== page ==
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‘Such is life’ by Paula Steele in STEP Journal

Published On: 3 April 2024

It has been ten years since the UK’s Retail Distribution Review (RDR) was implemented, which changed the landscape for life insurance policies significantly. Many clients are unaware of what their policies provide and/or can do. These are significant issues for probate lawyers dealing with policies where the support from both the brokers who sold the policies and the insurance companies who issued them is often weak, as both parties have lost the expertise on these legacy contracts. 

Many of these life insurance policies will provide significant returns to clients and their estates.

Policies issued after 1 January 2013 by UK insurers are post-RDR, have no surrender values and the proceeds are always tax free. Consequently, they are much less complex to consider.

Policies issued before 1 January 2013 could have surrender values and consideration needs to be given to any renewal options or conversion options, and thought must be given to whether the policies are qualifying, non-qualifying or if there is restricted relief on qualifying policies. In addition, advisors must consider whether the trusts and trustees holding the policies remain appropriate. Points to consider on pre-RDR contracts are outlined below.

Surrender value

Many pre-RDR policies will have surrender values. These will be tax free if the policy is qualifying or subject to income tax (with a 20 per cent tax credit if issued by a UK insurer) on the gain if the policies are non-qualifying. If any changes have been made to the policies since 2013 (i.e., due to increases in premium or the transfer into or out of trust) then the policies may fall into the restricted relief regime so that gains are attributed partly to the qualifying and partly to the non-qualifying regime, and the element in the non-qualifying regime is subject to tax. The easiest way to find out if the policy is qualifying or not is to ask the issuing insurer or the broker.

Terminal bonus

Policies will also have a death-claim value, which will be the value that will be paid out on death; this is likely to be higher than the surrender value. Many of the pre-2013 policies will have investments that are wholly or partly in the insurer’s with-profit fund. Policies attached to with-profit funds normally benefit from terminal bonuses, which fluctuate from year to year. Further, when assessments are being carried out with regard to the value of policies attached to with-profit funds, it is important that the terminal bonus is taken into account as it is often not quoted by insurers and it can make a material difference to the value.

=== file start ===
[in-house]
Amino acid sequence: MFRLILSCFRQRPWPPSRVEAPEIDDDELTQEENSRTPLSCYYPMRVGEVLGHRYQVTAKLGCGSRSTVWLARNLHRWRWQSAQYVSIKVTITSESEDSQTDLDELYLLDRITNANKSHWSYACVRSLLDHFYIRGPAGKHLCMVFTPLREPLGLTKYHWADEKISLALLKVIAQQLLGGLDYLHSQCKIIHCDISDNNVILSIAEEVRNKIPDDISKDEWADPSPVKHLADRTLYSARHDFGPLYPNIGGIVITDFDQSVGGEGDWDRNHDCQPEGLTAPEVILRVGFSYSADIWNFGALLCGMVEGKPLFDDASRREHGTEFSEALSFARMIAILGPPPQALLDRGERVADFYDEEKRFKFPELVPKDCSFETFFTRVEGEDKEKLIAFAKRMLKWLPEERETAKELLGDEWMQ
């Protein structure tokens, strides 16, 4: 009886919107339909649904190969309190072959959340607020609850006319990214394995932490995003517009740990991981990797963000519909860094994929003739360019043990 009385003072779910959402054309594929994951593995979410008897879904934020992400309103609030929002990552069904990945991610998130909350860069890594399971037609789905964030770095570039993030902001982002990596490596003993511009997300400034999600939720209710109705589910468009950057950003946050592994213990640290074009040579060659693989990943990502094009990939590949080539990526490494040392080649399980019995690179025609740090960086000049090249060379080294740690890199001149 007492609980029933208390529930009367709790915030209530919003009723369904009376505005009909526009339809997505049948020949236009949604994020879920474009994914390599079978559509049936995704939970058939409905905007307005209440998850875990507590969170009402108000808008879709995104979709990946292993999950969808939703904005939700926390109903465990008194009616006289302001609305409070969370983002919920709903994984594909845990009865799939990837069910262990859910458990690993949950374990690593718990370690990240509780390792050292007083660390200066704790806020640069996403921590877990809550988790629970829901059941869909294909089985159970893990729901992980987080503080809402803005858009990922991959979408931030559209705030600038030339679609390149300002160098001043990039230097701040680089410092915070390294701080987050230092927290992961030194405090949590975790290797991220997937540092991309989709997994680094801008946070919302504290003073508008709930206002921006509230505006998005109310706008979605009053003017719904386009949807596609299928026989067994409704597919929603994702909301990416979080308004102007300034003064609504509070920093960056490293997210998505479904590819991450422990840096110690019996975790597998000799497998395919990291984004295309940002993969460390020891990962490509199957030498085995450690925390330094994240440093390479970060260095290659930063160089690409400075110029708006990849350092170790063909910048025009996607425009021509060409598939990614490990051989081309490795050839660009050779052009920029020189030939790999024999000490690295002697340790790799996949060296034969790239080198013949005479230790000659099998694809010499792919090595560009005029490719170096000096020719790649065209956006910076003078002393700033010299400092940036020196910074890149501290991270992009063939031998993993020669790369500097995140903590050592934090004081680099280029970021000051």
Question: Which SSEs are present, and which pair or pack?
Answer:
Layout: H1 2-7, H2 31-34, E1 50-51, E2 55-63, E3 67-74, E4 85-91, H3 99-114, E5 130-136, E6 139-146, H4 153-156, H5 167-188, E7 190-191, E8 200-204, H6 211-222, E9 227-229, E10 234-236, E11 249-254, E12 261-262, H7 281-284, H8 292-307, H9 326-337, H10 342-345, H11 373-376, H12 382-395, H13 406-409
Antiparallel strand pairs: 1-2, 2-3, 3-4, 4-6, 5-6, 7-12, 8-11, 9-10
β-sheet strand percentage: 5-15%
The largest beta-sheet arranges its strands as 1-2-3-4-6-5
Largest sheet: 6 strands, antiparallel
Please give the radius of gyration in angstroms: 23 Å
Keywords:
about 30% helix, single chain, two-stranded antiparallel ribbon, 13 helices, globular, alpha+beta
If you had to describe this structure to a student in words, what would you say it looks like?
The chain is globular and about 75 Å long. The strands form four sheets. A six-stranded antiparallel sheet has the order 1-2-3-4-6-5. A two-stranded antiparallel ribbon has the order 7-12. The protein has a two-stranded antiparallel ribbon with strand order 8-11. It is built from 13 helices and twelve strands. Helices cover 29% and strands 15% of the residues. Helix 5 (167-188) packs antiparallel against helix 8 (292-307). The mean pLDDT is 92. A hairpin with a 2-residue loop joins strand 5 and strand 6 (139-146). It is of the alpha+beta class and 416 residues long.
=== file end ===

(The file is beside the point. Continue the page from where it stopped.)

Renewal and conversion options

Many of the policies issued before 2013 will have renewal and conversion options. A renewal option allows the policyholder (often a trustee) to renew the contract for a further period or term and renewal options typically cannot extend the contract beyond the age of 70 or 75 of the life insured. A conversion option allows the policy to be converted to a whole of life contract or term to age 90. Renewal and conversion options may also allow for the sum insured to be increased by a fixed annual amount or by retail price index since the previous exercise of the option. Renewal and conversion options do not require any medical or financial underwriting but will require a smoking/non-smoking declaration. Most renewal and conversion options cannot be exercised if the life/lives insured are not UK-resident. These renewal and conversion options must be exercised before the due dates or the benefit will be lost. The options can only be exercised by policyowners and most insurers will not allow offshore trustees to exercise the options, so it may be necessary to bring the trust onshore or to the Crown Dependencies. 


Many of these policies will be in trust and it is important that the current trustee position is recorded by the insurance company that issued the policy. While the initial notification of assignment and the initial trustee details are often passed to insurers successfully, news of subsequent changes to the trustee position rarely makes it to the insurance companies. If the insurer’s records do not align with the current trustee position, it will be difficult to get any information out of the life offices or to deal with the policies. Advisors should also consider whether the trustees are appropriate, as time will have passed since they were appointed and it may be more appropriate to align the trustees with current executors.

Author: Paula Steele, Director at John Lamb Hill Oldridge

Article published in STEP Journal in March 2024.

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